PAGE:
Tell me why we are having a conversation in the legislature about taking teachers and administrators out of “low-income” schools? Why are some legislators actually advocating to ignore the teacher shortage crisis by adding to it? Are unintended consequences of larger class sizes is being completely ignored in the current conversation, which directly affects thousands of Latino and African American students?
For those who are complaining about Betsy DeVos wanting larger class sizes, I say to you, behold Assemblymember Cristina Garcia (D – Bell Gardens) who is essentially calling for the same thing in California. Garcia’s reckless anti-teacher bill (AB-221 Teach for America teachers: assignment prohibition in low-income schools) would gut teachers and administrators in schools across the state.
A quick review of the schools in her district tells a story of neglect and ongoing low performance.
For example, take a look at these struggling school districts within her neighborhood/district:
Many of the schools and districts in Assemblymember Garcia’s district are chronically low performing and are in dire need of reform. Additionally, most are also classified as “low-income” schools. Where is the accountability for these schools that are failing kids every single day!? Where is the bill that will hold these all teachers, regardless of where they trained, accountable for persistently failing to teach kids in these schools? Let me answer that for you. Legislators like Garcia think it is more important to pander the biggest lobbyists in the state (California Teachers Association) due to self-preservation and re-elections rather than address the real crisis in education.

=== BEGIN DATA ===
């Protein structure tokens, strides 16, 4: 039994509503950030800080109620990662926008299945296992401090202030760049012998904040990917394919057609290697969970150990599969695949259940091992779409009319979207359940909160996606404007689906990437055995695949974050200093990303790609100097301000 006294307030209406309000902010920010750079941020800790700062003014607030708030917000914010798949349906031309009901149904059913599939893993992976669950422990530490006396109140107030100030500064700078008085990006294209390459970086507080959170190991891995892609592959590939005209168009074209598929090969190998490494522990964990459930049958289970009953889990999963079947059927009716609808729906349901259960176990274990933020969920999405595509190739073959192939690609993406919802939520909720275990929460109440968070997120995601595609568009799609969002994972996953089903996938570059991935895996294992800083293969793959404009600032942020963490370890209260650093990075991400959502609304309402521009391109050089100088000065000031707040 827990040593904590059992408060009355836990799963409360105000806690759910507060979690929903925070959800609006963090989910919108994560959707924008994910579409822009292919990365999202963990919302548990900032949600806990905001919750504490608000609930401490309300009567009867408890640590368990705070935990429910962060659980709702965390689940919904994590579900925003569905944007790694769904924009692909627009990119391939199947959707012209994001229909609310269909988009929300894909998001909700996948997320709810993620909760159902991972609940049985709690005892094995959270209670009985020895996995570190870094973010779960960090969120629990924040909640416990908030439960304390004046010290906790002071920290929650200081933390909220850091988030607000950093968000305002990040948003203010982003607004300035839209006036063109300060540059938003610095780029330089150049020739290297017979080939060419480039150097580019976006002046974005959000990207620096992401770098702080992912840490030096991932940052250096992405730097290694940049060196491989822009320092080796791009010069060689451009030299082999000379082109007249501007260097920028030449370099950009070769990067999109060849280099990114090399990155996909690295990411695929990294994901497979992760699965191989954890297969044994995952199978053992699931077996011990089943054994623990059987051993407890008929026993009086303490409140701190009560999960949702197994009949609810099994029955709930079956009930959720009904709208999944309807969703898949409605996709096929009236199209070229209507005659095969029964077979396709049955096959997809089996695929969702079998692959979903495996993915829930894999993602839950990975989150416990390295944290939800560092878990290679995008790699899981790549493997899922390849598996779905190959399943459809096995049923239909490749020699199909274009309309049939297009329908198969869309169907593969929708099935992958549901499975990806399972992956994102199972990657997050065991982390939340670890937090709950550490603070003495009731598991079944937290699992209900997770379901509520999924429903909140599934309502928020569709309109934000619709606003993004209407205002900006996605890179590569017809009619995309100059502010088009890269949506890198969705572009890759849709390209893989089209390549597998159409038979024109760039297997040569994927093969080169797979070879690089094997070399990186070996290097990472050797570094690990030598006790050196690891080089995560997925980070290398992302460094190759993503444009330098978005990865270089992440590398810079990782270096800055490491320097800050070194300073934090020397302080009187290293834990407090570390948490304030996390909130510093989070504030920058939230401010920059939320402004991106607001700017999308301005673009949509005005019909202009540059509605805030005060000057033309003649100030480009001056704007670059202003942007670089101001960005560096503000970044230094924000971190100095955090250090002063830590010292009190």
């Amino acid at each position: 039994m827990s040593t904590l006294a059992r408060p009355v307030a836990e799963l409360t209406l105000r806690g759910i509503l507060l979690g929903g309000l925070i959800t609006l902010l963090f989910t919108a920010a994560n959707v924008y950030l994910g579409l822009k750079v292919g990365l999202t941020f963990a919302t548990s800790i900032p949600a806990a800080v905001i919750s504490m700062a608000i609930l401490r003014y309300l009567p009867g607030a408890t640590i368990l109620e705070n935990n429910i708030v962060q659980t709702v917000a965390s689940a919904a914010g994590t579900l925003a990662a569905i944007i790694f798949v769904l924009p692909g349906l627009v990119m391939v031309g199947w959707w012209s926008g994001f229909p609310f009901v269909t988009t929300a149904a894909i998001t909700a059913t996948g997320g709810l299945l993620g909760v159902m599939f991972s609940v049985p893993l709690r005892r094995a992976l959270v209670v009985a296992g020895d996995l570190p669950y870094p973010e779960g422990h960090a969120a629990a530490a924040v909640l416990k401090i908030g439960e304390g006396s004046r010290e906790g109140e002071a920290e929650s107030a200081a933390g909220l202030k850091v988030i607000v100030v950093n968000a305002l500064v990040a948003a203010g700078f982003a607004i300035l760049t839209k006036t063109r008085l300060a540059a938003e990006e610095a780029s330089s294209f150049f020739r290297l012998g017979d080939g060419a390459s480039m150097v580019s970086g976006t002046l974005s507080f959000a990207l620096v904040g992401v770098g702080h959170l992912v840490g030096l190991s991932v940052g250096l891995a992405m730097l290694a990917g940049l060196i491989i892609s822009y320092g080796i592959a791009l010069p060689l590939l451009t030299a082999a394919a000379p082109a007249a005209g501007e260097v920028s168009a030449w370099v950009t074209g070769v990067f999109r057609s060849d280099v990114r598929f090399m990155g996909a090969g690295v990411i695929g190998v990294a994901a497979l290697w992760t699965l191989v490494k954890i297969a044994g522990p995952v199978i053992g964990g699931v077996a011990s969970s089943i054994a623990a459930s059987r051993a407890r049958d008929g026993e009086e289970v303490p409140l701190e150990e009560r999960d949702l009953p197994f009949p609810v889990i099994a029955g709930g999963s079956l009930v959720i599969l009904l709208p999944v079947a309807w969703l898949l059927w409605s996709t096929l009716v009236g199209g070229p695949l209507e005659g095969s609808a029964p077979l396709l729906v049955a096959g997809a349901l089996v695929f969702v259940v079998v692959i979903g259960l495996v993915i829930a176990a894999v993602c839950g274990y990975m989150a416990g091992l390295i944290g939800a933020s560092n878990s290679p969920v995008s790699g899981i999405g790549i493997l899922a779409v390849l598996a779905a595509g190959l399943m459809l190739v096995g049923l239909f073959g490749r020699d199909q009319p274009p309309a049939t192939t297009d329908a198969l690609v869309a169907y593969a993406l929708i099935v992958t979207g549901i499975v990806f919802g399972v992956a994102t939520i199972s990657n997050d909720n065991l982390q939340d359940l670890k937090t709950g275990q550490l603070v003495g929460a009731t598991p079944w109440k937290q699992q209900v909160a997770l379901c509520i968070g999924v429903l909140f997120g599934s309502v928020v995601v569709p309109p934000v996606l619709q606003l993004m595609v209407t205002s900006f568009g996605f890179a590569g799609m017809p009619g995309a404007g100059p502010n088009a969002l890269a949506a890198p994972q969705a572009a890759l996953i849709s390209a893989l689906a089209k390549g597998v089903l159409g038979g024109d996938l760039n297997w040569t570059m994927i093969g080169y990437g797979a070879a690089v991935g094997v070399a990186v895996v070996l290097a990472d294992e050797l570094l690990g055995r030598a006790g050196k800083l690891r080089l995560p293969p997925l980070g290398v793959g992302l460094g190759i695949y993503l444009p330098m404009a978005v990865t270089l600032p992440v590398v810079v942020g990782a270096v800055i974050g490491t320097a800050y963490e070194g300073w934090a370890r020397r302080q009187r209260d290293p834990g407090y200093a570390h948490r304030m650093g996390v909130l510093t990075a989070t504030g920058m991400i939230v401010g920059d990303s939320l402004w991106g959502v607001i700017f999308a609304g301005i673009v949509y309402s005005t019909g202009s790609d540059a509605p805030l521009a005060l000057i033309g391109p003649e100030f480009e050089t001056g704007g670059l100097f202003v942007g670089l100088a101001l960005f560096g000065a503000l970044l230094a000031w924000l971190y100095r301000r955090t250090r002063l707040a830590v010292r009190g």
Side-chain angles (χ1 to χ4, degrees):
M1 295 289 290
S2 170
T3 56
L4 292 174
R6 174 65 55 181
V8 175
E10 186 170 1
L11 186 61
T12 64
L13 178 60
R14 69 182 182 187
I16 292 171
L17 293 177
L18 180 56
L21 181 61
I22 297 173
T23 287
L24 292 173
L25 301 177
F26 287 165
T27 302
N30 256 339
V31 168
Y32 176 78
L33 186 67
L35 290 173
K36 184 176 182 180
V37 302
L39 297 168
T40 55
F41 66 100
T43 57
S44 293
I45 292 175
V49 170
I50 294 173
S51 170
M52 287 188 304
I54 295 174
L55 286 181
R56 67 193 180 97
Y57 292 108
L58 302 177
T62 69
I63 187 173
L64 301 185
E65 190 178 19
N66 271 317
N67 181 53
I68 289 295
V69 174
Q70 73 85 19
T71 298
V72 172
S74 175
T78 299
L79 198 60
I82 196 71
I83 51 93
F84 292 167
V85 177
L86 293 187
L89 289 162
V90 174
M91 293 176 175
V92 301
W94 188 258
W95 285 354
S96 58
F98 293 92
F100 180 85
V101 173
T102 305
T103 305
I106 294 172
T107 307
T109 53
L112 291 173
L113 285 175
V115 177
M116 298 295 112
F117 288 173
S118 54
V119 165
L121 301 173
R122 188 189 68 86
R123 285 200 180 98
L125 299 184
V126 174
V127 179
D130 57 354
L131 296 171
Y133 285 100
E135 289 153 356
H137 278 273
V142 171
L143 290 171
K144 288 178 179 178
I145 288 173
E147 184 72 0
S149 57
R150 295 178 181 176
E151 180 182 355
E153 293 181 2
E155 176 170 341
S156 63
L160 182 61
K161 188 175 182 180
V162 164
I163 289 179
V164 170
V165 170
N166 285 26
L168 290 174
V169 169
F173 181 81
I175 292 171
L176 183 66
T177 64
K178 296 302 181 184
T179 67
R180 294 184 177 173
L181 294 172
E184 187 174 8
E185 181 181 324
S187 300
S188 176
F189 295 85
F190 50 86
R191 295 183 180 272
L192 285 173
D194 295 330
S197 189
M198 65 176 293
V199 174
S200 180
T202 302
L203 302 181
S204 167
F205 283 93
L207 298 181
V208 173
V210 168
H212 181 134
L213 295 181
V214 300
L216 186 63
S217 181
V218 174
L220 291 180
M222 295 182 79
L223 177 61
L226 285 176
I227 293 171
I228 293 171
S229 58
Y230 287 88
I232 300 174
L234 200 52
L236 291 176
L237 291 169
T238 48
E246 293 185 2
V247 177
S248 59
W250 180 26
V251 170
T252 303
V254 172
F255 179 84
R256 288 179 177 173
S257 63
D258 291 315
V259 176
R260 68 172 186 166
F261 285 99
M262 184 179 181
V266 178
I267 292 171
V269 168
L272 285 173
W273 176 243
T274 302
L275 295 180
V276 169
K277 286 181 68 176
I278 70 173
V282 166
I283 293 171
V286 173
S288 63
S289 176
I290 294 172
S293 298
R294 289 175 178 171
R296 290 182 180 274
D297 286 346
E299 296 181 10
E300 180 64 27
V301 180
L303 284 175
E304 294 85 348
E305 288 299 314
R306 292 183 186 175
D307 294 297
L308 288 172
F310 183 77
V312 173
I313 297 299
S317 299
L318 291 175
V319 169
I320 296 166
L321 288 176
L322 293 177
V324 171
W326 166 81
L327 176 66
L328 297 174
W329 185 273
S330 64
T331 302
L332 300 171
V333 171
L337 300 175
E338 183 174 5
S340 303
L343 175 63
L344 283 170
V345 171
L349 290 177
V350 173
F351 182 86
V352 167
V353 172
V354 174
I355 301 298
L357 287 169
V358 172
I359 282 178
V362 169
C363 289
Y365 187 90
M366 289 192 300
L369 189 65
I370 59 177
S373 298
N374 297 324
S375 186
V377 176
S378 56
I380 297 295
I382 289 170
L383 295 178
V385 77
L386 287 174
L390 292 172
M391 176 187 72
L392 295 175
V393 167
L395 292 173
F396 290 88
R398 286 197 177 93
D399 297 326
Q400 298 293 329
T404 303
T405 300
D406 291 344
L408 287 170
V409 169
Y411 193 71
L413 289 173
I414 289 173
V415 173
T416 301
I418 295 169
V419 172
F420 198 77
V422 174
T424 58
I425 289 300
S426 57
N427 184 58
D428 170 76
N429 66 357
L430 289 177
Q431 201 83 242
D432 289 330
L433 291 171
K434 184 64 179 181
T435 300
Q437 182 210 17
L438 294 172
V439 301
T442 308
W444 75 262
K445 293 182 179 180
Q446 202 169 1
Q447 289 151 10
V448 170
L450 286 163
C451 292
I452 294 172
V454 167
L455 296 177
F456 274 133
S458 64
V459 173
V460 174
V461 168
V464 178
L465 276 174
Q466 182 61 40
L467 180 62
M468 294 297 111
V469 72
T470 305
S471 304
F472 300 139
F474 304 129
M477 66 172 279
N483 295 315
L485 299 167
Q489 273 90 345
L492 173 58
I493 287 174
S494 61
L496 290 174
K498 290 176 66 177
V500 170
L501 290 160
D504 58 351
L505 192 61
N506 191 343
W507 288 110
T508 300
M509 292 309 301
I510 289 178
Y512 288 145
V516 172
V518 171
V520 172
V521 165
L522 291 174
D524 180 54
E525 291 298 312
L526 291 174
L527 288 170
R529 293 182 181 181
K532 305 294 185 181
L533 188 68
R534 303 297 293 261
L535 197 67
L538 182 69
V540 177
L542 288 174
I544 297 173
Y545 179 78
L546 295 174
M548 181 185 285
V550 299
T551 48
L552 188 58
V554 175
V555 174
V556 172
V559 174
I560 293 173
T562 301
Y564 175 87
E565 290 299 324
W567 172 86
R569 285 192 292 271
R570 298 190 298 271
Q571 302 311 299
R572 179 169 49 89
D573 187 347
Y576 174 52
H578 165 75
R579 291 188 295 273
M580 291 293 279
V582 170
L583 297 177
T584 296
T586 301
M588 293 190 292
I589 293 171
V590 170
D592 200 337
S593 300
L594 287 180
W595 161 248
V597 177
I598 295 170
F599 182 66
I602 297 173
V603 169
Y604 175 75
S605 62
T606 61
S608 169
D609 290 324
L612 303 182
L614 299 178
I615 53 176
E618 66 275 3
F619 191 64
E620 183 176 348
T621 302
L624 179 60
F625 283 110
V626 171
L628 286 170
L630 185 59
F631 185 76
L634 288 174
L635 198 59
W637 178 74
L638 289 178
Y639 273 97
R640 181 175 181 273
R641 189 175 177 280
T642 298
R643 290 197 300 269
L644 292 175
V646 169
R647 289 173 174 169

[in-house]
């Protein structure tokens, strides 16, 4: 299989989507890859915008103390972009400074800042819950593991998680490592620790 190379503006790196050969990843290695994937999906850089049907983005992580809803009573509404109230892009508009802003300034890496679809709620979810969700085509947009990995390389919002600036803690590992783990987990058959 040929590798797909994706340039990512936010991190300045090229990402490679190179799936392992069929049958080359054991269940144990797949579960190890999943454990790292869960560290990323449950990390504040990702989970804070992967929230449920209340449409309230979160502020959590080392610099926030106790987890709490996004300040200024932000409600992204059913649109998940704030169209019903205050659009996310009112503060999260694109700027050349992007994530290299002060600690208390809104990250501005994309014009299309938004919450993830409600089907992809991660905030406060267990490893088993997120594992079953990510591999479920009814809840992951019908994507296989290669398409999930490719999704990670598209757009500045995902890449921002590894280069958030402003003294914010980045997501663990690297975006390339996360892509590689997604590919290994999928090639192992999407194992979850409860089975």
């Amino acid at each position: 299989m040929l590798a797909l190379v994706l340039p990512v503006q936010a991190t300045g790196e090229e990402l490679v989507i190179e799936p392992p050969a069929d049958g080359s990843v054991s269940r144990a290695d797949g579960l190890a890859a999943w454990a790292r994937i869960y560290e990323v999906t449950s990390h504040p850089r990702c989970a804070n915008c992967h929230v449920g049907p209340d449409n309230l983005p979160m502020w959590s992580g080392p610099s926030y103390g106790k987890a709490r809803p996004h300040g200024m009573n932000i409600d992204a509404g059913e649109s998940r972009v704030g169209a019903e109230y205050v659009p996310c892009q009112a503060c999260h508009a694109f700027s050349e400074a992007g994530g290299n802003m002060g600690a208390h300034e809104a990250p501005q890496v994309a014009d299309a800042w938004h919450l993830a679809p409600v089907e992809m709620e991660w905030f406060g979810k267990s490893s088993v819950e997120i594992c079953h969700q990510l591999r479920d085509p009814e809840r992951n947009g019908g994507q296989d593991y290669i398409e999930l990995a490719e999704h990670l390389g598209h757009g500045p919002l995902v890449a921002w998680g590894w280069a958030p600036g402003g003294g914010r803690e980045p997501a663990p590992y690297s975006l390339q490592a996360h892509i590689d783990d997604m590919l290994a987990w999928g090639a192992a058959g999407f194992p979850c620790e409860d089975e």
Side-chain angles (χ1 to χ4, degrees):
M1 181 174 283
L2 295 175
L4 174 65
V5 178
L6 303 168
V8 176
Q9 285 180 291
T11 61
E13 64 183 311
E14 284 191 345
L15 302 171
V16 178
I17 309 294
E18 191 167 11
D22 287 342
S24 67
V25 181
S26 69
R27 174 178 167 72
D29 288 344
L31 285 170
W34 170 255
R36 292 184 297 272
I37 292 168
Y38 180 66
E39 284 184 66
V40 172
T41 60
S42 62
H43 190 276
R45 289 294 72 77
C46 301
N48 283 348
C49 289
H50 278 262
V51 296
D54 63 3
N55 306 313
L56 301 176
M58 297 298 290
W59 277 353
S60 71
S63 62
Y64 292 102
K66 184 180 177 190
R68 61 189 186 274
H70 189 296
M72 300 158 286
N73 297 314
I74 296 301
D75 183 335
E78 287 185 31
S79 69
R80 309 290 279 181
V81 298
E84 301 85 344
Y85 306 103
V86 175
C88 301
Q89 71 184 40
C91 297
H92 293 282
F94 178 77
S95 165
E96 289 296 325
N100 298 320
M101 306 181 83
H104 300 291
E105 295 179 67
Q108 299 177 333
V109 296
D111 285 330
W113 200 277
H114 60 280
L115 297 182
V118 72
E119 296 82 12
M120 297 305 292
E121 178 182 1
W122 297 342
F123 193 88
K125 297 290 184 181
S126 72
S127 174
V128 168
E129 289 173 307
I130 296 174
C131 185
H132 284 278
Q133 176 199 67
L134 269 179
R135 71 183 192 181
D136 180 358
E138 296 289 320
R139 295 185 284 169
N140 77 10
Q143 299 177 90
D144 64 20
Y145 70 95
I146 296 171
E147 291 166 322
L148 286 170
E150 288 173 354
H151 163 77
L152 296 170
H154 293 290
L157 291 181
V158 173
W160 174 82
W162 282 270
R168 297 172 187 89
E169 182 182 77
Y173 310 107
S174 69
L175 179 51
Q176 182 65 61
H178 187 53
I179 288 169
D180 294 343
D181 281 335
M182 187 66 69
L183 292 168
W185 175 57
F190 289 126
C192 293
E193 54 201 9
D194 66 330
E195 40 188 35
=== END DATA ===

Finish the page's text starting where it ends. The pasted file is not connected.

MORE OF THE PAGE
Again, we repeat #fixfailingschoolsfirst.
Latest posts by Leticia Chavez-Garcia (see all)
- Los Supervisores del Condado de Los Ángeles Aprueban $17.4 Millones para Abordar los Problemas de Salud Mental en las Escuelas - April 13, 2019
- Algunas Cosas que Puede Hacer para Ayudar a Prevenir el Suicidio en los Jóvenes - April 12, 2019
- LA County Supervisors Approve $17.4 Million to Address Mental Health Issues in Schools - April 11, 2019
- Some Things You Can Do To Help Prevent Youth Suicide - April 10, 2019
- El AB 221 no Abordara a las Escuelas de Bajo Rendimiento Crónico en California, pero Empeorará la Escasez de Maestros - April 9, 2019